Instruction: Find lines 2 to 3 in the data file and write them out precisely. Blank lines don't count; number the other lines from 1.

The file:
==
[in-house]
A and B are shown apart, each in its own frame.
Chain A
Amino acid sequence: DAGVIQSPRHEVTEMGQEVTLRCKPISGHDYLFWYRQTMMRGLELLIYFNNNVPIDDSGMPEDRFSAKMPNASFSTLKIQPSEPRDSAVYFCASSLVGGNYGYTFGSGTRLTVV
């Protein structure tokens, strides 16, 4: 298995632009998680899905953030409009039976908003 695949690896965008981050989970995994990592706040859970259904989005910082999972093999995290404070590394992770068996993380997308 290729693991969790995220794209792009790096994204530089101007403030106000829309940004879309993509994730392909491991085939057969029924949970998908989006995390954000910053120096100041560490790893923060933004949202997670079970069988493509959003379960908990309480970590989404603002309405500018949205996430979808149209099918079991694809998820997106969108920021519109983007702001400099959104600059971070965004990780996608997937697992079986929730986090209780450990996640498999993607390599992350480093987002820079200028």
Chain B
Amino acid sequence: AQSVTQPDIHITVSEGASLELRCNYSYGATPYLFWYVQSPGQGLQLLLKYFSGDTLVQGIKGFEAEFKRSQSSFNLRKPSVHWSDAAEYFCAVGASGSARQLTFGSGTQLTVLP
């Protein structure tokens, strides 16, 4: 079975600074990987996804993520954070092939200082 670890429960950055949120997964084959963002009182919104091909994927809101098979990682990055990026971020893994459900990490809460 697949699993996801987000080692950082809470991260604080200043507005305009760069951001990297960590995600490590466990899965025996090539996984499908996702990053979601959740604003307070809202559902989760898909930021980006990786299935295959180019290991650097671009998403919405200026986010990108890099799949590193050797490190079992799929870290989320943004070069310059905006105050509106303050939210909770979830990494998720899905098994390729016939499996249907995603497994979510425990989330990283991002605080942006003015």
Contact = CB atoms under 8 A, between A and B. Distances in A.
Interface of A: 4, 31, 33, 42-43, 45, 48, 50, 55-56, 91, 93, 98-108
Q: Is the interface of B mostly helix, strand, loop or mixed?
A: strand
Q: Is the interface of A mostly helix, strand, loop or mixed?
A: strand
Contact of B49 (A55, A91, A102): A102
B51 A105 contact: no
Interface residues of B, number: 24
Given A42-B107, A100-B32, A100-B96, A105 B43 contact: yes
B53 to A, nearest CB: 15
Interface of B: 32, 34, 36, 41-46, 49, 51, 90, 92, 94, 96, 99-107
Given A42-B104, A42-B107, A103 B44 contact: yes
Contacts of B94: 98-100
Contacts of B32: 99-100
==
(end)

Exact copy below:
A and B are shown apart, each in its own frame.
Chain A